November 8, 2016 | Editor’s Pick
By Liz Mineo, Harvard Staff Writer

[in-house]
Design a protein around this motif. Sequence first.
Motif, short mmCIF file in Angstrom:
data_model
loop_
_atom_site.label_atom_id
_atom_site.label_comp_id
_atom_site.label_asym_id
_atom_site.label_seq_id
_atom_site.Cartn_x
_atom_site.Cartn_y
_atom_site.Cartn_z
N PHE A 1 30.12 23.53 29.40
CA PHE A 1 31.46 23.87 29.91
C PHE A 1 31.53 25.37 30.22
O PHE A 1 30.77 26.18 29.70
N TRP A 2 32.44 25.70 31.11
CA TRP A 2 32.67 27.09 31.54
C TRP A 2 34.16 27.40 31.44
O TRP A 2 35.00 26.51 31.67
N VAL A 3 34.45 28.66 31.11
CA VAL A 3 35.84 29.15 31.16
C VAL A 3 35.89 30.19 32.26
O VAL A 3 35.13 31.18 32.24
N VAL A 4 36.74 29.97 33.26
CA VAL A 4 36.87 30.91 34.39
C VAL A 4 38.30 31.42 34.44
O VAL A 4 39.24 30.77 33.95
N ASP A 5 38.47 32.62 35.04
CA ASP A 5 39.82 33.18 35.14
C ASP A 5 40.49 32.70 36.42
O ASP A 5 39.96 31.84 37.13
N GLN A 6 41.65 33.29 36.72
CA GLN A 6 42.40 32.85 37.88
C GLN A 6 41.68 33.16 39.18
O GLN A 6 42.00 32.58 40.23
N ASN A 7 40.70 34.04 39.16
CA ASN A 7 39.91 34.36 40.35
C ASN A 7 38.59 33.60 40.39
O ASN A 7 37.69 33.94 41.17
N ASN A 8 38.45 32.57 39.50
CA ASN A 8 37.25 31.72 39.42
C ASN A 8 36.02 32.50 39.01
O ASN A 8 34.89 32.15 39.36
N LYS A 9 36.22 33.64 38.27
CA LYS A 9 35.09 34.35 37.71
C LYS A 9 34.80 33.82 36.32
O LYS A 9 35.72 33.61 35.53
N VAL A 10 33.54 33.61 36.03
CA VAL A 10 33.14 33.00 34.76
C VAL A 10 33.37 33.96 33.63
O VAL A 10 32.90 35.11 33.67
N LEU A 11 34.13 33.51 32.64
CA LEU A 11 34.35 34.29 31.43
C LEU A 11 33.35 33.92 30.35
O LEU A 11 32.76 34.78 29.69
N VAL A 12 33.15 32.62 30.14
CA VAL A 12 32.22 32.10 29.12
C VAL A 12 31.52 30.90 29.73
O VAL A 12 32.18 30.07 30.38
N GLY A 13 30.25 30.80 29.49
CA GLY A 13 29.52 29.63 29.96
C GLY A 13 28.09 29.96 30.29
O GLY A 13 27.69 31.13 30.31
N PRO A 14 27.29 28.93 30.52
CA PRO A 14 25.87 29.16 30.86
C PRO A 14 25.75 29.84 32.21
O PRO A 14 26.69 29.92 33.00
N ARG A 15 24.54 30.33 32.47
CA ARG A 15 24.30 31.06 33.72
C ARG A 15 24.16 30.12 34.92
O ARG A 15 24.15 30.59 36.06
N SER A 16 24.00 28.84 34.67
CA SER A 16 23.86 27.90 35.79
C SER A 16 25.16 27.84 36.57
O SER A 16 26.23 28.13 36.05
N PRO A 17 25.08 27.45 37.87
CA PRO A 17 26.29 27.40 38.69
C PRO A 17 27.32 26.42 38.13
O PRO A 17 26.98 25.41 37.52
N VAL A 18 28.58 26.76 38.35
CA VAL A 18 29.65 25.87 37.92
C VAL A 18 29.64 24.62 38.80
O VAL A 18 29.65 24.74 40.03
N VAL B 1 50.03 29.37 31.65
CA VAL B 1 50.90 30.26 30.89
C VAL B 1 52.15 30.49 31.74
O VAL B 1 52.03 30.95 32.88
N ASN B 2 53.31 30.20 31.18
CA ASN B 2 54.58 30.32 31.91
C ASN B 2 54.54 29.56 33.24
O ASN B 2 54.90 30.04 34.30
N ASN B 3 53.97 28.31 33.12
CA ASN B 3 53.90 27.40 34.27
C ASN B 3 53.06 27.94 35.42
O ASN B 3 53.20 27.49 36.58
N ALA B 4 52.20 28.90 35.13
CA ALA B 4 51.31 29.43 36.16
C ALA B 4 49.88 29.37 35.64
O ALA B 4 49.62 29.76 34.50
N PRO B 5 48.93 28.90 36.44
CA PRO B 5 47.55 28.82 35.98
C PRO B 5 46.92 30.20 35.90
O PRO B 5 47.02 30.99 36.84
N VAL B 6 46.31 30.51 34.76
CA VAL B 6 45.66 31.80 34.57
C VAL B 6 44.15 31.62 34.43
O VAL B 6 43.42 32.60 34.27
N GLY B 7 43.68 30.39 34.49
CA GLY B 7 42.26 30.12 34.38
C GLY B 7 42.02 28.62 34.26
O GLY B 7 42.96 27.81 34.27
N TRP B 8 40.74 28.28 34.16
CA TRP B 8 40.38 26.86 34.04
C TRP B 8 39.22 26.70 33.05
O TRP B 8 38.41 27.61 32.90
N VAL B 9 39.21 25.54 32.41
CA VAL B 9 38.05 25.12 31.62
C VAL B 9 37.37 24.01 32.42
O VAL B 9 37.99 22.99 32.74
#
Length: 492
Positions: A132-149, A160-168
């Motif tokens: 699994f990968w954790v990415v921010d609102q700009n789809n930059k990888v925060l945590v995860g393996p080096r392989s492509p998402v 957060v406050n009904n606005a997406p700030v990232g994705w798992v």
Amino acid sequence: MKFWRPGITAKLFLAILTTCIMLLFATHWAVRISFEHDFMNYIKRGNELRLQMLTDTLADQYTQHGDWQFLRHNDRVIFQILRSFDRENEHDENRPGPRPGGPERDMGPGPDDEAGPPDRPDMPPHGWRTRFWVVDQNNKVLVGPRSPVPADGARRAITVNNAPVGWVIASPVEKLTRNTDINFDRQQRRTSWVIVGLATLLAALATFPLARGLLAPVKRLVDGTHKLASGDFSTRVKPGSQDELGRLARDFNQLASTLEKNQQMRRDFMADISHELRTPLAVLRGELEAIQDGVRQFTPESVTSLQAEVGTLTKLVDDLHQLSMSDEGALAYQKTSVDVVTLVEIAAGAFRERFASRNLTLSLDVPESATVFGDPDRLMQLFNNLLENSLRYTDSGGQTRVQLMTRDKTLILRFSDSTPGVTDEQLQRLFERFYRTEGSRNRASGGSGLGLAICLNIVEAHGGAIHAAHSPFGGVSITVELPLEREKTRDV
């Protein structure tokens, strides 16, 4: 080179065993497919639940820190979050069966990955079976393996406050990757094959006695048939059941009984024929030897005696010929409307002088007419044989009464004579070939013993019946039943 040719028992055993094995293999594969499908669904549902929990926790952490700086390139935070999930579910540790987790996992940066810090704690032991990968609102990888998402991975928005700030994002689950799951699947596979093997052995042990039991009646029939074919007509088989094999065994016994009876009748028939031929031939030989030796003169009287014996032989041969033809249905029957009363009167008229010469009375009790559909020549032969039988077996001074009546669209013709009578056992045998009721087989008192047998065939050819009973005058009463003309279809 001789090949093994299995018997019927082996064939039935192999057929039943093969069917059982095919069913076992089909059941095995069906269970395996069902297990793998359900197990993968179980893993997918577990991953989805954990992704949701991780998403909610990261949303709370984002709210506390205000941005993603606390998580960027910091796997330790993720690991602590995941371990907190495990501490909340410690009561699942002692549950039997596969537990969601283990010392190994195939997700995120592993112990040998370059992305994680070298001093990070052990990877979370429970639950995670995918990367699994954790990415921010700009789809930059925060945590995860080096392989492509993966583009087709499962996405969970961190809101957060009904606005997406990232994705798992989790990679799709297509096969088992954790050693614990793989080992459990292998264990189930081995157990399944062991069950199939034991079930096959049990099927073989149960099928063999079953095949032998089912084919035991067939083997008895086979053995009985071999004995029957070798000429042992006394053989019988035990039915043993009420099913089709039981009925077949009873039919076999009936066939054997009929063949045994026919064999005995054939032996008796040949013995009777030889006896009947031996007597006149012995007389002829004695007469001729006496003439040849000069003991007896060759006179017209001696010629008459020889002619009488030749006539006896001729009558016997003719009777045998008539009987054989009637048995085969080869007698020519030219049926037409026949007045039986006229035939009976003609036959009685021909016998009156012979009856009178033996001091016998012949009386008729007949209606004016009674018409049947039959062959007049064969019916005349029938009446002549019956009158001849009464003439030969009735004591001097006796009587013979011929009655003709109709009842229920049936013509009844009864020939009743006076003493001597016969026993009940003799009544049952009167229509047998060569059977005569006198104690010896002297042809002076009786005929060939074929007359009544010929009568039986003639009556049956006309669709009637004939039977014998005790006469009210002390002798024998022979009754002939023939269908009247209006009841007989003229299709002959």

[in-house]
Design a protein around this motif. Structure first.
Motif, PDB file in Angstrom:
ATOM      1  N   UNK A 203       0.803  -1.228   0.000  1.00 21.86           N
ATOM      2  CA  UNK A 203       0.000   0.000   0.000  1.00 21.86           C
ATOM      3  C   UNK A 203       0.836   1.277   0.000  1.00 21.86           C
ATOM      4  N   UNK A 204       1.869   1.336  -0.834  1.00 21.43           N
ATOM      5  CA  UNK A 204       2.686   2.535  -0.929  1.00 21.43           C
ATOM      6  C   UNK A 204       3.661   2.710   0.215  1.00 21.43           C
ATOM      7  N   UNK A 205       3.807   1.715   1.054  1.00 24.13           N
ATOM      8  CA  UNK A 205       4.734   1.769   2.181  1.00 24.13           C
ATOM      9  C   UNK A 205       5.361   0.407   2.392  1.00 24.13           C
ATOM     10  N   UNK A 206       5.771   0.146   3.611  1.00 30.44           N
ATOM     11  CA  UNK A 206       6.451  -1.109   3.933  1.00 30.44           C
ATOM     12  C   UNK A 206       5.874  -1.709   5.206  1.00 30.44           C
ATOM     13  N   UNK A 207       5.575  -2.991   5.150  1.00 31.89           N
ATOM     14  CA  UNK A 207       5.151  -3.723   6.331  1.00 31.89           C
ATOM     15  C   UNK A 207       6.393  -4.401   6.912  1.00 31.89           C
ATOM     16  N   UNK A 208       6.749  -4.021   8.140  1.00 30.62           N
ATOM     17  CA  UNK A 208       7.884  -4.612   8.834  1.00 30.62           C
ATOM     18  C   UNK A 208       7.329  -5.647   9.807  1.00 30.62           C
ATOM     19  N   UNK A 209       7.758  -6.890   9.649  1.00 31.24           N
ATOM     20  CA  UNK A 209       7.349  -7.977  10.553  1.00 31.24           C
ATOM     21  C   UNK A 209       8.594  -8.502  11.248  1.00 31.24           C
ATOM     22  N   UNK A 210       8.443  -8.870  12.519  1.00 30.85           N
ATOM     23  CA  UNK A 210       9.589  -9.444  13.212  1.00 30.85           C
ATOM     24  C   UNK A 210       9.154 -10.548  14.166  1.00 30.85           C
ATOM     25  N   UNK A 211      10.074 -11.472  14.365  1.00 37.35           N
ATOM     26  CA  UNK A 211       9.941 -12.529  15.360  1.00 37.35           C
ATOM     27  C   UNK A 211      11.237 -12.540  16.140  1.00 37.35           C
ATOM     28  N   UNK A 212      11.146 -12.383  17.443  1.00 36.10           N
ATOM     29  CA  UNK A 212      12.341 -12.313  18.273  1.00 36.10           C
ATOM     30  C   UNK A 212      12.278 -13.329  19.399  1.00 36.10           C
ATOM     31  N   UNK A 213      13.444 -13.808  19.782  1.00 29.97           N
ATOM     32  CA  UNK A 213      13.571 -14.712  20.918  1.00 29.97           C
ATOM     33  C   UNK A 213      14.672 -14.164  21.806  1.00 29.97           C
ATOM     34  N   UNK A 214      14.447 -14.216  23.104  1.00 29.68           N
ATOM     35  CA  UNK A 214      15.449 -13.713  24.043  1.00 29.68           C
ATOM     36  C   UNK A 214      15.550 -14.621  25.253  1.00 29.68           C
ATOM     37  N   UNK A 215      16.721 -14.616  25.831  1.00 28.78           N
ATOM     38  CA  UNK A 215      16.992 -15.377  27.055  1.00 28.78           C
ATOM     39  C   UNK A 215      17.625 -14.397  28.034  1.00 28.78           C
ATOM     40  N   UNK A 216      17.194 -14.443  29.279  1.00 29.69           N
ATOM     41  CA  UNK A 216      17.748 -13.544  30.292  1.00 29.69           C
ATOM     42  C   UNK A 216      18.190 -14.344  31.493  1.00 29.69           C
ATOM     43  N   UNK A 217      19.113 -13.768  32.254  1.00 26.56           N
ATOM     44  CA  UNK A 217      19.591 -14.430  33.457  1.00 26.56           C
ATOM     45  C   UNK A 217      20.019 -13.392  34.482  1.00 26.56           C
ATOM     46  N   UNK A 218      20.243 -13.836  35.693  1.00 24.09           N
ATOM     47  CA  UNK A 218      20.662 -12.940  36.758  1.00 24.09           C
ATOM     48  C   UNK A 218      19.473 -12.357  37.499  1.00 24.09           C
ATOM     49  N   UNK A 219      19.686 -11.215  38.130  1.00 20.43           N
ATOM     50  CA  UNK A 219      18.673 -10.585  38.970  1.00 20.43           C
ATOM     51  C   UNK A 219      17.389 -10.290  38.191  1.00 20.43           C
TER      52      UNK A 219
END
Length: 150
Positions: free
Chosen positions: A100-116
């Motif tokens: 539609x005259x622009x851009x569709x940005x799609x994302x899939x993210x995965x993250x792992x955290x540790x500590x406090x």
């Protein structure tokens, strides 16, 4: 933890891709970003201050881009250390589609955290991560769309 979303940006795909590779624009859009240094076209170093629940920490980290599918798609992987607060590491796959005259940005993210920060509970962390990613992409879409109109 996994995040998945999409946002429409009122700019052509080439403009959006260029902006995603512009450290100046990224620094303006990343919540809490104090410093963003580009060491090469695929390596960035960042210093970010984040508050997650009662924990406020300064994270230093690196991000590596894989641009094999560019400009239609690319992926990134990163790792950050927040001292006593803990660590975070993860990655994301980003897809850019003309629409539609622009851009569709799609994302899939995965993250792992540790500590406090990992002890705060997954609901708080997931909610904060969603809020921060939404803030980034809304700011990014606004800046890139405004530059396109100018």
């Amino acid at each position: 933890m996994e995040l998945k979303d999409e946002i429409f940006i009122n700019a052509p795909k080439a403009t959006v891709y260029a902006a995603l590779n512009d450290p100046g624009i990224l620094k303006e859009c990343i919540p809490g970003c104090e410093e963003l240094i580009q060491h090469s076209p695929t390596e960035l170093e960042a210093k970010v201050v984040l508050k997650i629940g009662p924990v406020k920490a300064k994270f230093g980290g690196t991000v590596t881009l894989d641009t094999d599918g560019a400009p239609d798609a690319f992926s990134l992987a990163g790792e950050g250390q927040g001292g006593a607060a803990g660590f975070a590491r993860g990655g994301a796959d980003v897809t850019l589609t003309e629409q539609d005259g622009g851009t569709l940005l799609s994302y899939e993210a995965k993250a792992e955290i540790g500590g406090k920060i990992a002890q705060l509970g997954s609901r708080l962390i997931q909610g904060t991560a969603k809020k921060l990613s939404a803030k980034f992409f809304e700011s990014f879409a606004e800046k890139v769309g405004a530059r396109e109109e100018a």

In one of the most dreaded science-fiction scenarios, entire communities are forced to abandon their homes because rising sea levels, droughts, and storm surges, driven by climate change, endanger their lives. It’s already happening in Alaska, where warmer temperatures are melting permafrost, eroding the state’s northern coastline and causing severe and rapid loss of Arctic sea ice, which leaves villages unprotected from forces of nature. To explore climate change and population displacement in Alaska, the Gazette interviewed Robin Bronen, a human rights attorney, senior research scientist at the University of Alaska, Fairbanks, and co-founder and executive director of the Alaska Institute for Justice. Bronen came to Harvard for a conference on climate change displacement sponsored by the International Human Rights Clinic, the Emmett Environmental Law and Policy Clinic, and the Harvard Immigration and Refugee Clinic.